Augustus II (1670-1733), called Augustus the Strong, was elector of Saxony and king of Poland. Better known for his extravagance and promiscuity than for political shrewdness, he failed in his modest attempts to create a strong and independent Poland.
On May 12, 1670, Augustus was born Frederick August of Wettin, in Dresden, the second son of the Saxon elector John George III. He was trained for a military career. His powerful physique and apparently insatiable sexual appetite earned him the title "the Strong." He succeeded as elector of Saxony when his older brother, John George IV, died without heirs in 1694. The next 2 years he spent commanding the armies of the Hapsburg Empire against the Turks in Hungary. He proved an inept and unimaginative commander.
When King John III Sobieski of Poland died in June 1696, Frederick August entered the international competition for the Polish throne. He renounced his Protestant faith, to the displeasure of his Saxon subjects, and with Hapsburg support and judicious bribes he was elected king on June 27, 1697. He entered Poland a month later as Augustus II and promised to uphold that nation's aristocratic constitution. Although the union of Saxony and Poland brought real economic advantages to both states, the absolutist tendencies of Augustus gained him bitter enemies.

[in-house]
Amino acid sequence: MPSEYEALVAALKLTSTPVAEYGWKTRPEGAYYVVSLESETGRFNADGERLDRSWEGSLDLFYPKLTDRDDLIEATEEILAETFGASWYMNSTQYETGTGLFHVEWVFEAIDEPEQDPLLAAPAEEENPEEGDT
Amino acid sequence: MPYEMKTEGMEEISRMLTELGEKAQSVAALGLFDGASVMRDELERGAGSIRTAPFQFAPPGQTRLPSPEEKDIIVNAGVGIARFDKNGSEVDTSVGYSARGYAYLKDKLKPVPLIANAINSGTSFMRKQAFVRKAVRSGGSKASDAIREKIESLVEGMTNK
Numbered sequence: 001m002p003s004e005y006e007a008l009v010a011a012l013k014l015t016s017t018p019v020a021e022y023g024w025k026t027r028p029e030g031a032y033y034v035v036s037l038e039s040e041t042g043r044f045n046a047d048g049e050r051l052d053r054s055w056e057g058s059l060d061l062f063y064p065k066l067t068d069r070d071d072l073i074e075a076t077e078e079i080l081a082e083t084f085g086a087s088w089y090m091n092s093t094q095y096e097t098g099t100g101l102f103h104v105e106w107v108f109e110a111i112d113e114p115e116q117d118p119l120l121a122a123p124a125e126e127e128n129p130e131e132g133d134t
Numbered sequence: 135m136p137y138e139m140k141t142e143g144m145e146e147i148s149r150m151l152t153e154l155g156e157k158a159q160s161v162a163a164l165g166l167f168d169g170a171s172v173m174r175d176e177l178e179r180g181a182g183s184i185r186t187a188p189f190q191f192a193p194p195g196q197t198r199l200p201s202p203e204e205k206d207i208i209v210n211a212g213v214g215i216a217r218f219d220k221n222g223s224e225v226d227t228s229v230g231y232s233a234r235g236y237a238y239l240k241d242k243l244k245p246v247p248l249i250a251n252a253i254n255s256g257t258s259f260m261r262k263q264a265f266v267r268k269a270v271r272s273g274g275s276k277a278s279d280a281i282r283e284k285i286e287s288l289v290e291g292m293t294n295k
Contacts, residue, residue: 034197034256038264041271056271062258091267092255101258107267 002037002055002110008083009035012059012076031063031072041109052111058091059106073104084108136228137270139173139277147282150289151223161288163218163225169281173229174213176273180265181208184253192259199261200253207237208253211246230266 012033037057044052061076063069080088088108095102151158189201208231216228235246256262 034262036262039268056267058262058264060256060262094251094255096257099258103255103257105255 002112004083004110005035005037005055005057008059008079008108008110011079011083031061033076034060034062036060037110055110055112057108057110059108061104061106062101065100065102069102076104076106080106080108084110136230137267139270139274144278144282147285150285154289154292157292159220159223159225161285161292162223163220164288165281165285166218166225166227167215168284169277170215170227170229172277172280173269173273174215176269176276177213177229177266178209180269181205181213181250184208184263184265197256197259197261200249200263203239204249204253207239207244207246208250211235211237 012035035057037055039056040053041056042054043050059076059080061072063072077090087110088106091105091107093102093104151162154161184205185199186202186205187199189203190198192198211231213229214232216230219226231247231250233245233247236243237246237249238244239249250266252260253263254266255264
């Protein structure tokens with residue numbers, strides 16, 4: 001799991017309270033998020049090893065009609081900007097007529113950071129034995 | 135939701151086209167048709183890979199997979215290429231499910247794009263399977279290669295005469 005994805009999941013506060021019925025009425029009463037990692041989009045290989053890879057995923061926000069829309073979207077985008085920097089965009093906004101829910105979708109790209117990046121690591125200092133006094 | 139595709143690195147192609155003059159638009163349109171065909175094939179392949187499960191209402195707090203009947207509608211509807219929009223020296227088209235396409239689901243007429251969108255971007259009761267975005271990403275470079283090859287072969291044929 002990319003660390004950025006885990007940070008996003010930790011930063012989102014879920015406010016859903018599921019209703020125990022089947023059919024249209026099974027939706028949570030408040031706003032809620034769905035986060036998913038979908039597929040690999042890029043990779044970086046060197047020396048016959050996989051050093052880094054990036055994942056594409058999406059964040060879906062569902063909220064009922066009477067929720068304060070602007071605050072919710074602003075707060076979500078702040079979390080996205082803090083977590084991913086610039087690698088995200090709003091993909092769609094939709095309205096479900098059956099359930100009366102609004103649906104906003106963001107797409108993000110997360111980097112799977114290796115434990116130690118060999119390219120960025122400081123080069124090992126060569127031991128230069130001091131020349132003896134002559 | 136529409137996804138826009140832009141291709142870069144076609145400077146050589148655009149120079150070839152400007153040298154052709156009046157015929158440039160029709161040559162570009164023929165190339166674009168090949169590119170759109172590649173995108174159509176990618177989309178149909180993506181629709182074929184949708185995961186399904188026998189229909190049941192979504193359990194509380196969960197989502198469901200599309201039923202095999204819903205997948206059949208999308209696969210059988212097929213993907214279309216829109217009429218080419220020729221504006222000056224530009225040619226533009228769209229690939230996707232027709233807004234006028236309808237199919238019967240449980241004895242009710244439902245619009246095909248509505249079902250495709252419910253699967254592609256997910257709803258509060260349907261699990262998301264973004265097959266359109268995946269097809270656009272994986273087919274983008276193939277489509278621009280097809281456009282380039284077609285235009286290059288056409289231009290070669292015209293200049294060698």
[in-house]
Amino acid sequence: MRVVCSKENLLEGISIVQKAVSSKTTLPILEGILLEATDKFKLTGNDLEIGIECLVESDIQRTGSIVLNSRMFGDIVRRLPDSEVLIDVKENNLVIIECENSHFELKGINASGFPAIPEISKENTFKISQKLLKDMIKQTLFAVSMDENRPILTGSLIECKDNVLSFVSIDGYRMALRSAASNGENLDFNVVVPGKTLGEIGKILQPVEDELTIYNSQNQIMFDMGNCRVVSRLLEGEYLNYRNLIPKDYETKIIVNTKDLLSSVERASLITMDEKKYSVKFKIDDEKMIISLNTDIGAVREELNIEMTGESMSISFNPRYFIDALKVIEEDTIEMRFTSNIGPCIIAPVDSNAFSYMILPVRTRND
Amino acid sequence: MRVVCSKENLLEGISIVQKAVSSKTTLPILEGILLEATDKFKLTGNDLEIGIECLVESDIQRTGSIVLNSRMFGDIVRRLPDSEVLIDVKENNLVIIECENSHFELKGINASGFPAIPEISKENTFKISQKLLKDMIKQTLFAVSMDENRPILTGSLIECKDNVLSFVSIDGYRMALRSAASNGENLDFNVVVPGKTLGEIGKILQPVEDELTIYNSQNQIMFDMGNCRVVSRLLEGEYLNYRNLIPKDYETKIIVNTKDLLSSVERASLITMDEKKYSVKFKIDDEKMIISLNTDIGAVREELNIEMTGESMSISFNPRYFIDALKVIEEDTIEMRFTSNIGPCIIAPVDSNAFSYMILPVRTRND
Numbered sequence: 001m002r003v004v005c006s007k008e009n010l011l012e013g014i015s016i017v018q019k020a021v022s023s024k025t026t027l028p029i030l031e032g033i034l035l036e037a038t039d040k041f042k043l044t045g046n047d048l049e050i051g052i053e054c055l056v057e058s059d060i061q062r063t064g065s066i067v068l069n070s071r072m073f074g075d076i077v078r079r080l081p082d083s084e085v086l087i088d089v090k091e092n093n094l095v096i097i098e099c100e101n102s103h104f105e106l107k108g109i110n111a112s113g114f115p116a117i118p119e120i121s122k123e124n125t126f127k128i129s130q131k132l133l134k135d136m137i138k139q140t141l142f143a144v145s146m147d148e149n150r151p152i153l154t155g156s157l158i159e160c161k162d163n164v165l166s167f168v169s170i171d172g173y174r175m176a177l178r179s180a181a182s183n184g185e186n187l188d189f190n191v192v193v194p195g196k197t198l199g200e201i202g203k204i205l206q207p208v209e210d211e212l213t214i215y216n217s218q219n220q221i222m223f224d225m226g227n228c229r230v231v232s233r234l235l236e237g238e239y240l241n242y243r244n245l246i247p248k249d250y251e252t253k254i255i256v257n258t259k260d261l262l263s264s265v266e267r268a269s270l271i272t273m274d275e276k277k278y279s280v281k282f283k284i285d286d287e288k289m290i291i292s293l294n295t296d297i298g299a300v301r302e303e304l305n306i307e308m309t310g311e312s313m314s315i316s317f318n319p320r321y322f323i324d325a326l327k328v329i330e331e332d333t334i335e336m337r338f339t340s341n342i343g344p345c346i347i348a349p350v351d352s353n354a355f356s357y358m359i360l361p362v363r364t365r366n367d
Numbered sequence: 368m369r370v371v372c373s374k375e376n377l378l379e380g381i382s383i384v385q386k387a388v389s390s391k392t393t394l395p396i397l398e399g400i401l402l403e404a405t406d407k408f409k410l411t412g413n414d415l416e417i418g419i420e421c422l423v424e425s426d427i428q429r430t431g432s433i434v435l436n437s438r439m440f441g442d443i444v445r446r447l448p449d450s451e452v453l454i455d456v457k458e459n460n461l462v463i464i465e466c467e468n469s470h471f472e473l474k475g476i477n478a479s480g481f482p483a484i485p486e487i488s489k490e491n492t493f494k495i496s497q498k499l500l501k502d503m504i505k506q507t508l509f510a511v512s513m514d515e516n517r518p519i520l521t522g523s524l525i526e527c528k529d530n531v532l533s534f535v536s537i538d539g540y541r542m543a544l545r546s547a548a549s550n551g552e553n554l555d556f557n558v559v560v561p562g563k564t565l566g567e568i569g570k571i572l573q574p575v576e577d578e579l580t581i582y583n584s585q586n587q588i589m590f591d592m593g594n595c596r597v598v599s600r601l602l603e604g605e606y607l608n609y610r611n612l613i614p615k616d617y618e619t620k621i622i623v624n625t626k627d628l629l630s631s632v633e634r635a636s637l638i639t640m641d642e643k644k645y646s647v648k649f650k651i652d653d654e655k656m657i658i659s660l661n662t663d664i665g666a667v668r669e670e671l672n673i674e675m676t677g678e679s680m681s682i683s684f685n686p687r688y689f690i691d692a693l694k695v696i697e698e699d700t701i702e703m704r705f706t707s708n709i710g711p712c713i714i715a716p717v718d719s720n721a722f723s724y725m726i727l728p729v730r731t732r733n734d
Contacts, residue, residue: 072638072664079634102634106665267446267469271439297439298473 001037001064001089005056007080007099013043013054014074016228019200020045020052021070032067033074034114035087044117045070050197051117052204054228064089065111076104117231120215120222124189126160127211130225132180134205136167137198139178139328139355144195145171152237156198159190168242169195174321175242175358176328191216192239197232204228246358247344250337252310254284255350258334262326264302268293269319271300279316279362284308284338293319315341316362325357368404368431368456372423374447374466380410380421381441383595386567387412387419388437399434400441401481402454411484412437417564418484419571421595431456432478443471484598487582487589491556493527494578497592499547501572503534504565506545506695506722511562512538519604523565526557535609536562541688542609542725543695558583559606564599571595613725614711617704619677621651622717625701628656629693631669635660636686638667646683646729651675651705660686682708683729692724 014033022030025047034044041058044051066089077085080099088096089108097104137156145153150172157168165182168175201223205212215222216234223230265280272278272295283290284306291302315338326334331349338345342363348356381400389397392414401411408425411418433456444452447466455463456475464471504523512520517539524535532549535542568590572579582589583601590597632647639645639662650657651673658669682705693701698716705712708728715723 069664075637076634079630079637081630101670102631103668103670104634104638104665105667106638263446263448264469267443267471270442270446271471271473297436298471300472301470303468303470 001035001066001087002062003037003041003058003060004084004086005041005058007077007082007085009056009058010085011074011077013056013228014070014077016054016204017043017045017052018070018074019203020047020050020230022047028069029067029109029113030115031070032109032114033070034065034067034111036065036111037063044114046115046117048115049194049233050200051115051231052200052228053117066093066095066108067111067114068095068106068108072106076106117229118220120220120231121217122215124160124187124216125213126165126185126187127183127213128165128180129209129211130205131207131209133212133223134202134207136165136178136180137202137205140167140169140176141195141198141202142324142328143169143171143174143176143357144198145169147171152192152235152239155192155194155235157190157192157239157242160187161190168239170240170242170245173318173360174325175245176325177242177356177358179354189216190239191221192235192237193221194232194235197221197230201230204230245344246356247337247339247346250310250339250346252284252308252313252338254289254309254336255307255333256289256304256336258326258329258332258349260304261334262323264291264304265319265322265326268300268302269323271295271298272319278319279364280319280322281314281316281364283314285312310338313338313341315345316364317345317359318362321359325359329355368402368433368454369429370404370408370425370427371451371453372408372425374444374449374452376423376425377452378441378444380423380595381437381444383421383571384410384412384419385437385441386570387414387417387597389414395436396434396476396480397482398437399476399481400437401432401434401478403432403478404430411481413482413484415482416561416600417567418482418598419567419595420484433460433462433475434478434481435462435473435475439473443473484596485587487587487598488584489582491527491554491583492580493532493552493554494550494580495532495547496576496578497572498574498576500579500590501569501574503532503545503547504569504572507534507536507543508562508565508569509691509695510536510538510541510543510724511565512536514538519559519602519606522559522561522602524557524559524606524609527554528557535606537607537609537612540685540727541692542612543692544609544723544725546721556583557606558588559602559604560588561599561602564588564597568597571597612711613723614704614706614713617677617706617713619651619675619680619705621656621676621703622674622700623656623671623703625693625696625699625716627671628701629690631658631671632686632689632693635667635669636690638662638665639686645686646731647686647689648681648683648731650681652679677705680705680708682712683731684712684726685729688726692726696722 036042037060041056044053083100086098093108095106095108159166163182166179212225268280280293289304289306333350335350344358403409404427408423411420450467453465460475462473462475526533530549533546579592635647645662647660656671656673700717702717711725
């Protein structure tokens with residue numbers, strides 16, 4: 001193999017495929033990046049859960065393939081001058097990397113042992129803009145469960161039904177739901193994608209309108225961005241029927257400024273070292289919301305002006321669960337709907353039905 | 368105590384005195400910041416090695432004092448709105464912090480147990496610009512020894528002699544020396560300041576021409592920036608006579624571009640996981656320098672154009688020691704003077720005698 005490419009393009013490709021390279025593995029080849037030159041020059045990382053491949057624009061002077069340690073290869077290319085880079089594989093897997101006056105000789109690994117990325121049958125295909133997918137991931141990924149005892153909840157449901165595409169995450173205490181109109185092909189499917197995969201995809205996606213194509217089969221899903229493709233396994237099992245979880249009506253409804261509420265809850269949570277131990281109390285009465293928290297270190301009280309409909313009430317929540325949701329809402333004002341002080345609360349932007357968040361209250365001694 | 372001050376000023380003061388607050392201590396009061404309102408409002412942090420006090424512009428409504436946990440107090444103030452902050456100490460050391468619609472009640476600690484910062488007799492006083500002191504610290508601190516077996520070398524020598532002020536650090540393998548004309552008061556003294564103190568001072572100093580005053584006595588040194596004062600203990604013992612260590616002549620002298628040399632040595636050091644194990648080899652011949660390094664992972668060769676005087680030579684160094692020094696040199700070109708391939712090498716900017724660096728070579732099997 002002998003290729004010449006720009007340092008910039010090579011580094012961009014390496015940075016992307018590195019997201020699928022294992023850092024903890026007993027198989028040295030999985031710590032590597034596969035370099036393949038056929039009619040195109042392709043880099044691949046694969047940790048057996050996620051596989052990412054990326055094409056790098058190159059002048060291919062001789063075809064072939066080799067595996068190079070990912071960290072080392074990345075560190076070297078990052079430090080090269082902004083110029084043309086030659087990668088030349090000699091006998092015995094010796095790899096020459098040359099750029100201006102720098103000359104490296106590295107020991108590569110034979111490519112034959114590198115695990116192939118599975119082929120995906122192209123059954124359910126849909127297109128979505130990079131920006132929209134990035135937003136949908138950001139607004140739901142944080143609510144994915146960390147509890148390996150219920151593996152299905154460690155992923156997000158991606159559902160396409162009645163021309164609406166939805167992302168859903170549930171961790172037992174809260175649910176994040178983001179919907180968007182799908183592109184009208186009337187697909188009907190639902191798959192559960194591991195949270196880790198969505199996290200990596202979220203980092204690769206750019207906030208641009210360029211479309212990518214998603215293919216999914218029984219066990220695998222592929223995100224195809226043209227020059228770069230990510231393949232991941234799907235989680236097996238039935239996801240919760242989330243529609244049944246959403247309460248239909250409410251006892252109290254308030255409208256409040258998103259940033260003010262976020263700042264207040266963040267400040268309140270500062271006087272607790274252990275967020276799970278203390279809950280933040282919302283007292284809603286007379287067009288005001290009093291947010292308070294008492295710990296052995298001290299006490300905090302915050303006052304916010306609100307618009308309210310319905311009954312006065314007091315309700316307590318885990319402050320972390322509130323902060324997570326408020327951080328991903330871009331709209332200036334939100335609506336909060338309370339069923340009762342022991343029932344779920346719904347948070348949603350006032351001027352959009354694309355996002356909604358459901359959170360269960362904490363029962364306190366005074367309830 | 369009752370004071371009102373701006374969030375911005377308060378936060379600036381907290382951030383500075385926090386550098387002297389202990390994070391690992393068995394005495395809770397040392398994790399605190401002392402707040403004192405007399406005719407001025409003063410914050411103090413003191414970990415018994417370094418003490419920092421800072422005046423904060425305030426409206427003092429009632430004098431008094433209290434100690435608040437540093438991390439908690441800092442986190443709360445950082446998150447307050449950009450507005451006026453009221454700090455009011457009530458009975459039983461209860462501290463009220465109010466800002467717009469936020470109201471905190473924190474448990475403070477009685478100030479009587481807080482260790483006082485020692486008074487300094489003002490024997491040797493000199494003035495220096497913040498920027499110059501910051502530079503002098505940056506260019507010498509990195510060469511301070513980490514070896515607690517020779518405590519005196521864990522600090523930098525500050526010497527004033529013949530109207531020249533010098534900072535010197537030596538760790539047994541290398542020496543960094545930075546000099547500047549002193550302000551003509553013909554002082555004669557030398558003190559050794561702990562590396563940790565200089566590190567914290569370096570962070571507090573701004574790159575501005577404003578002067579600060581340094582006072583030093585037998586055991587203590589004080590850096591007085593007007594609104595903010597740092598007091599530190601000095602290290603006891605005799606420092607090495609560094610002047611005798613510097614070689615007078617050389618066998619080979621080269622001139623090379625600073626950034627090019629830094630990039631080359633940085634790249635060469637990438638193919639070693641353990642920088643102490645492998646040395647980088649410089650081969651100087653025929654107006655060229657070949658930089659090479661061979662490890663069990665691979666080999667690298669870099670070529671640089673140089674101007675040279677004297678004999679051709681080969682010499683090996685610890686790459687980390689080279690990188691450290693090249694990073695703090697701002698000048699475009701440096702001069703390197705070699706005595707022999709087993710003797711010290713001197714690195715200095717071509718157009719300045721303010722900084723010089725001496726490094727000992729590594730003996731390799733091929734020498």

Allied after 1699 with Denmark and Russia, Augustus provoked a disastrous war with Sweden, whose young king, Charles XII, captured Vilna, Warsaw, and Cracow in 1701. The Polish kingdom split apart. Some of the nobles supporting Augustus prepared to fight on with Russian help, while others accepted Sweden's leadership and elected Stanislas Leszczynski king in 1704. In September 1706, after occupying Poland and invading Saxony, Charles XII forced Augustus to renounce the Polish crown and recognize Stanislas in the Treaty of Altranstädt. The displaced king went back to soldiering and spent 2 years in Flanders fighting under the English general Marlborough against France.
When Peter I of Russia defeated Charles at Poltava in July, 1709, Swedish domination of the north collapsed. Augustus was then able to return to Poland, while Stanislas fled to Sweden. Led astray by the apparent popularity of his restoration, Augustus tried briefly to rule Poland without the Diet. Even his firmest supporters, however, demanded that he adhere to the constitution. The remainder of his reign was taken up largely by his unsuccessful efforts to subdue aristocratic factions supported by foreign powers. After finally making peace with Sweden in 1719, he tried to create an alliance with Austria and England to balance increasing Russian influence, but the plan was foiled by aristocratic rebellion. He spent his last years attempting to secure the succession of his apathetic son, Frederick August, and enjoying the pleasures of wine and his large, cosmopolitan retinue of mistresses. He died on Feb. 1, 1733, leaving Poland fragmented by aristocratic factions, and a potential victim of the rapacity of its powerful neighbors.
Further Reading on Augustus II
The most accessible study in English on Augustus II is the chapter by Prof. W. Konopczynski in the second volume of W. F. Reddaway, ed., Cambridge History of Poland from Augustus II to Pilsudski (1697-1935) (1941). The most substantial biographies are in German.